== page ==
How to disappoint people

A 90 minute Workshop by:

Neil Vass

BBC

About this Workshop

It's been said that every project comes with a fixed amount of disappointment, and it's up to you to decide how to deal with that - either discuss it honestly, as it comes up and there's still time to do something about it, or save it all up for the end. Agile techniques give plenty of opportunity for the upcoming disappointments to be made clear and to help present alternative options.

In the first part of the session, I'll talk through the main learnings I've found from years of projects. There are several situations that come up frequently, and through trial-and-error or background reading I've found approaches that help:

  • Acknowledging feelings, and being aware of the stages of grief that people can be going through as they come to terms with the loss of their requirements - this helps both with finding the right things to say, and to help me not take angry comments personally.
  • Principled negotiation: focusing on outcomes that we all want and moving from opposing sides towards a single team looking for solutions.
  • The difficulties of estimation (especially with changing teams and new types of product), and how to stand by your estimates of what effort's needed when you may not be all that sure of yourself.
  • Setting ground rules and expectations for how the project will proceed - this can include describing the kinds of disappointment that may be yet to come, and letting people make the decision to go ahead with their eyes open.
  • Sidestepping the deadline: persuading people that being willing to accept less often means you'll end up with more. Try to get MVP as far away as possible from the 'can't move' end date.
  • As problems come up, keep the focus on the problems we're all trying to solve, and steer away from the promises made, expectations set, and whether this should have been foreseen - the answers to these can't change anything about what's possible now.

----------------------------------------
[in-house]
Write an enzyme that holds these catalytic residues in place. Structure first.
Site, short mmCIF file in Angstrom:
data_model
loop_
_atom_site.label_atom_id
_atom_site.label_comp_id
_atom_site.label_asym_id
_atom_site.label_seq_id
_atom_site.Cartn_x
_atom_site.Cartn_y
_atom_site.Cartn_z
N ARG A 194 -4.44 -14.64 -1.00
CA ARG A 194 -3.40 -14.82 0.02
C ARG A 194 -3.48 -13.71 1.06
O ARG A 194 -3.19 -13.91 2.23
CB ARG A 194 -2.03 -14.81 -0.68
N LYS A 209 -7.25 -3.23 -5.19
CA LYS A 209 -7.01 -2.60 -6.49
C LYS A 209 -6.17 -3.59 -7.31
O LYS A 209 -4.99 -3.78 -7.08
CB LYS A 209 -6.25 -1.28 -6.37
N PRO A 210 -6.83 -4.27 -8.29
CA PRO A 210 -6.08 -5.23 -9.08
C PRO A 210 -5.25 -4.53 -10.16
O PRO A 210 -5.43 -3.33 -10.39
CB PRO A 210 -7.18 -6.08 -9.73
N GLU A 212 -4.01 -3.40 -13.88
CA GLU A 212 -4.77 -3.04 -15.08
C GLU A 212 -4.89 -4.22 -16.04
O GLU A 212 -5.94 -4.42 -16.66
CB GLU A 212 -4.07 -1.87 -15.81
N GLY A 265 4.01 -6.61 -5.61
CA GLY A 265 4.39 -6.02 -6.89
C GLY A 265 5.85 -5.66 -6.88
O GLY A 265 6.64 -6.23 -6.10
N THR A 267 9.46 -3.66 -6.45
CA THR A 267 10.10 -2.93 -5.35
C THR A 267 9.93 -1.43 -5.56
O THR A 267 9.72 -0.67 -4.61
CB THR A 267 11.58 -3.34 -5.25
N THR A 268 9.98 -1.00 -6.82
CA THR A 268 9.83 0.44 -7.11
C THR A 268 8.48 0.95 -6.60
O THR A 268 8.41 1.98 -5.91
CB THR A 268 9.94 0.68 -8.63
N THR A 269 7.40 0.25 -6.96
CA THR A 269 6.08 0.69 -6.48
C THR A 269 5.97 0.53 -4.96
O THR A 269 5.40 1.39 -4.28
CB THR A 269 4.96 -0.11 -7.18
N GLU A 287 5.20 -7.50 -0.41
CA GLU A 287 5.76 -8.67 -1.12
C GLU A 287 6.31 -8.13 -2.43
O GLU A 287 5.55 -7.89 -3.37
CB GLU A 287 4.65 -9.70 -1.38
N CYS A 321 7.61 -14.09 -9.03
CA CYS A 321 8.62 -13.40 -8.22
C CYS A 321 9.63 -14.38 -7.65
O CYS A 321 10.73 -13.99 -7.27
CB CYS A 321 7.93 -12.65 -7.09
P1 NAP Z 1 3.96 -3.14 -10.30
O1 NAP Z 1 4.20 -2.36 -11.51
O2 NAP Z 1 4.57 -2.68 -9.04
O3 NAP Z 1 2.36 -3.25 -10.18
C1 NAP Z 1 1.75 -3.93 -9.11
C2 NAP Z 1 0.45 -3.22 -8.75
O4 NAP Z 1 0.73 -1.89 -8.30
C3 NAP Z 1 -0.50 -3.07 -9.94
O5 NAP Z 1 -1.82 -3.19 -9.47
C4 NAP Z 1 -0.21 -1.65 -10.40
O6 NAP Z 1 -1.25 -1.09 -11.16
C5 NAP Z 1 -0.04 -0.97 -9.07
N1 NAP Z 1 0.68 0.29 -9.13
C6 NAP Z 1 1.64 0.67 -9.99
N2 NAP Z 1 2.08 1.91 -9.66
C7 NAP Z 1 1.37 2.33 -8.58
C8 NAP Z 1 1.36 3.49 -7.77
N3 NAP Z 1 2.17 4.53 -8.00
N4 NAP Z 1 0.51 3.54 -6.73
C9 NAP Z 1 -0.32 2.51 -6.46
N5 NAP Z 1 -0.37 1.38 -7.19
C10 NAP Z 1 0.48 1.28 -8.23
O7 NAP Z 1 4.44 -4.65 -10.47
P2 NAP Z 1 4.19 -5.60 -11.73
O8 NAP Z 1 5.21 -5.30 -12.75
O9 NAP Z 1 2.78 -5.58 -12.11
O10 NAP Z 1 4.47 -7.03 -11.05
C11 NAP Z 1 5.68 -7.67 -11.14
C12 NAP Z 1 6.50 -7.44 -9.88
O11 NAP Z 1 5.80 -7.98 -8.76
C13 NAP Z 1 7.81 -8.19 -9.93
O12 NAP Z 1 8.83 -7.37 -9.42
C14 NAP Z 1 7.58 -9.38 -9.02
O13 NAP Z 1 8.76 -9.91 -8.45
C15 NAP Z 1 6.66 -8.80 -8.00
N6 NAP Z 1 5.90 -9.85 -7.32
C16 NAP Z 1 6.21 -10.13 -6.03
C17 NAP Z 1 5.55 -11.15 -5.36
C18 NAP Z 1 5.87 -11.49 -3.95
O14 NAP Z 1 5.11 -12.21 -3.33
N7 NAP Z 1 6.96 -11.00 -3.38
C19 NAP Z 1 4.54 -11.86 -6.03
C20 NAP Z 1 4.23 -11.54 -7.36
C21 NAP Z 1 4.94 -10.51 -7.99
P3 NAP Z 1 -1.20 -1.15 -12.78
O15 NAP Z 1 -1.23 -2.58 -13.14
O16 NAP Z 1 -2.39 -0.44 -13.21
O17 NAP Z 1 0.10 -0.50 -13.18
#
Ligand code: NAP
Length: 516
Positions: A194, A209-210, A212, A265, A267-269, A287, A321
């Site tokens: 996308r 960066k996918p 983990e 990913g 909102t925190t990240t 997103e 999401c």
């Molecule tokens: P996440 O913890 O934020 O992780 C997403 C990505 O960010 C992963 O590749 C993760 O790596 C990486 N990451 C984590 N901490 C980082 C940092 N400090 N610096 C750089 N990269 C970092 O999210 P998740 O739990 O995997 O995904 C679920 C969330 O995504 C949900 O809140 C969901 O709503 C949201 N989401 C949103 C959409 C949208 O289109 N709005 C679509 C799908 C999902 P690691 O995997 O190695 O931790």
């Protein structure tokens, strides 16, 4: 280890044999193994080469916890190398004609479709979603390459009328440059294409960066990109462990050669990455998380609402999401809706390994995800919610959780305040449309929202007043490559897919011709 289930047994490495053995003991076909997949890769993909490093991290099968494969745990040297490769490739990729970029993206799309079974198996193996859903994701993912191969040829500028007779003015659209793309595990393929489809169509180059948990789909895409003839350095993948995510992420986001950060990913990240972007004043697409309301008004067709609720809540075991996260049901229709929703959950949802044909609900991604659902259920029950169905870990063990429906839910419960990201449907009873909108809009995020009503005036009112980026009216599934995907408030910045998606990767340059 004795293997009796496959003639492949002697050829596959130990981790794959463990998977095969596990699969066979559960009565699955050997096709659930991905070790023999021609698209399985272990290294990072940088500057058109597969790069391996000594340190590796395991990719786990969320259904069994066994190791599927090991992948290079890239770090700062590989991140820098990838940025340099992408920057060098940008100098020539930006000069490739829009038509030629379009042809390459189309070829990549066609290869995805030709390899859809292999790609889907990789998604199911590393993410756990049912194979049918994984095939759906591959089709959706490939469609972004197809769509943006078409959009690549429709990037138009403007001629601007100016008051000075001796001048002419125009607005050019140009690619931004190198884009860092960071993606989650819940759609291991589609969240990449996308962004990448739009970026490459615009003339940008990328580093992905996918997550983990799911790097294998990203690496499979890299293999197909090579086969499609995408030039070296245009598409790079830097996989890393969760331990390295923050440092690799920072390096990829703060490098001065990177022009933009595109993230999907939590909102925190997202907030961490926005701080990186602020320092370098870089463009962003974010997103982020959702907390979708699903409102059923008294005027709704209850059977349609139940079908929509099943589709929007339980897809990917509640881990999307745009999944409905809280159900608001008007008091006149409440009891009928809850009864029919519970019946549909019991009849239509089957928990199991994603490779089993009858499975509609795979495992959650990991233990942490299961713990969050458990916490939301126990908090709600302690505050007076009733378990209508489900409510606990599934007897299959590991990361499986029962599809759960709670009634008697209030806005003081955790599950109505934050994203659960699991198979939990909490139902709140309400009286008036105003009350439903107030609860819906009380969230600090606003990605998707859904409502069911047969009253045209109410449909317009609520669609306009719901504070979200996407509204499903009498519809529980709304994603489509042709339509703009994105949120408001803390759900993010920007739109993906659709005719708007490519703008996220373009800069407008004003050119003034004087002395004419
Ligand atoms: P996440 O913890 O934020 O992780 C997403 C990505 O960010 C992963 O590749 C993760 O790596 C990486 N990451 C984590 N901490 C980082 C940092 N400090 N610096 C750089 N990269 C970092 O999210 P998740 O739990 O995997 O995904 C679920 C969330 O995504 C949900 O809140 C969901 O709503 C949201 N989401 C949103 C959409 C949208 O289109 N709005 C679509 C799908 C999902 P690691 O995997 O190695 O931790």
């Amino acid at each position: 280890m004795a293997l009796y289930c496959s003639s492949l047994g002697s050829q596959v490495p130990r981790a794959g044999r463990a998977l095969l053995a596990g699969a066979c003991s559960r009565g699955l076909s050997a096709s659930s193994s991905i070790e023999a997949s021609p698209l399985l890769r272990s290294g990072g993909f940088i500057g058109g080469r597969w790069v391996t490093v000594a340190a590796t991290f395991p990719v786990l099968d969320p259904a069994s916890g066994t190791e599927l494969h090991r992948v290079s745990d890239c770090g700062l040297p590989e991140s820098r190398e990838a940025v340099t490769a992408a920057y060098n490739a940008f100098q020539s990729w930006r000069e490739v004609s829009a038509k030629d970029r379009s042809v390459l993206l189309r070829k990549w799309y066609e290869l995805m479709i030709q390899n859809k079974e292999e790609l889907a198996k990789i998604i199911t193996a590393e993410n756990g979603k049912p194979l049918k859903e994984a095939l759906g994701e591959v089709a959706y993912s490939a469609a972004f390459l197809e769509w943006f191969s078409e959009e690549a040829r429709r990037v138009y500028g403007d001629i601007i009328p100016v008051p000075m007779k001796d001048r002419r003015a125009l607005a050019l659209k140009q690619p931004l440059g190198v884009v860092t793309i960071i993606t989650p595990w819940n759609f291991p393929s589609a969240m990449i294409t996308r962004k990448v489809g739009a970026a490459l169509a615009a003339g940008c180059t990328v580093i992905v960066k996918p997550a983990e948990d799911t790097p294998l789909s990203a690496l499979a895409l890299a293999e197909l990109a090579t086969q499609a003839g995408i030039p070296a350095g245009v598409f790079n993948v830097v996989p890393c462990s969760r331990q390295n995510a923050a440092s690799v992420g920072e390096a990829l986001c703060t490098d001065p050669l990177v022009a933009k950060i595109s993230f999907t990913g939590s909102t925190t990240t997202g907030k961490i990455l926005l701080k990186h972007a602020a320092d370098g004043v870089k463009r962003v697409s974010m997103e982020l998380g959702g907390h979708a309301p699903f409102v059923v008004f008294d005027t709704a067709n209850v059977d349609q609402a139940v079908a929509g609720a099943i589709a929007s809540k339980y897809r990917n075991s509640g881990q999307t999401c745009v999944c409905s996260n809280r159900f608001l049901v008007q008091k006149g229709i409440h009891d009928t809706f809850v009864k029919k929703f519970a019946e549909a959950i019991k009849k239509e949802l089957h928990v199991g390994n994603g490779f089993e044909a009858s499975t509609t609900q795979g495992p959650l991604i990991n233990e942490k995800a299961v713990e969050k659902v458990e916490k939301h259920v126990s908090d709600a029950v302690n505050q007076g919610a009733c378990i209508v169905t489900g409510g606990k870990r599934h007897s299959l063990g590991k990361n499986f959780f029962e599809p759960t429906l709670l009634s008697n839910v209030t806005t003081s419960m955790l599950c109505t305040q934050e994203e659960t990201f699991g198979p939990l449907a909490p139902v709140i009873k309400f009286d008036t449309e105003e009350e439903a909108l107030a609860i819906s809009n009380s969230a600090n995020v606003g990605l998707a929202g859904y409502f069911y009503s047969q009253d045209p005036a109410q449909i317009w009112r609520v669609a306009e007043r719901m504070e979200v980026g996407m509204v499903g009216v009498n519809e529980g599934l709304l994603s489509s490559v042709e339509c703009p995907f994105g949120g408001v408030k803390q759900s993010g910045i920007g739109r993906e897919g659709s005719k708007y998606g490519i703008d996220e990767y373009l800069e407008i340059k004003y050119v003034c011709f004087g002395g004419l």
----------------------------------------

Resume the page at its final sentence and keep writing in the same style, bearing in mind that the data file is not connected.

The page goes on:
Following a discussion of the above points, we'll move onto groupwork - I'll ask the room to organise into groups based on how familiar and confident they feel with the situations I've described, and to write 3-slide lightning talks in their groups about ideas from their own experiences, areas they're still unsure of, and other sources of disappointment they've found.

After presenting these talks to each other, we'll finish with an overview of the issues raised in the session - I'm interested to find out how much my experience tallies with what the rest of the room has found, and whether there are other challenges that I haven't come up against yet.

About the Speaker

Neil has worked in a variety of roles on waterfall, agile, and fragile projects, and is currently working as an agile project manager at the BBC. Previous project experience includes automating medical image analysis, specifying laboratory information management systems and building a motion-tracking toothbrush to study brushing technique. It’s people problems that are the most interesting, though.

 neil_vass

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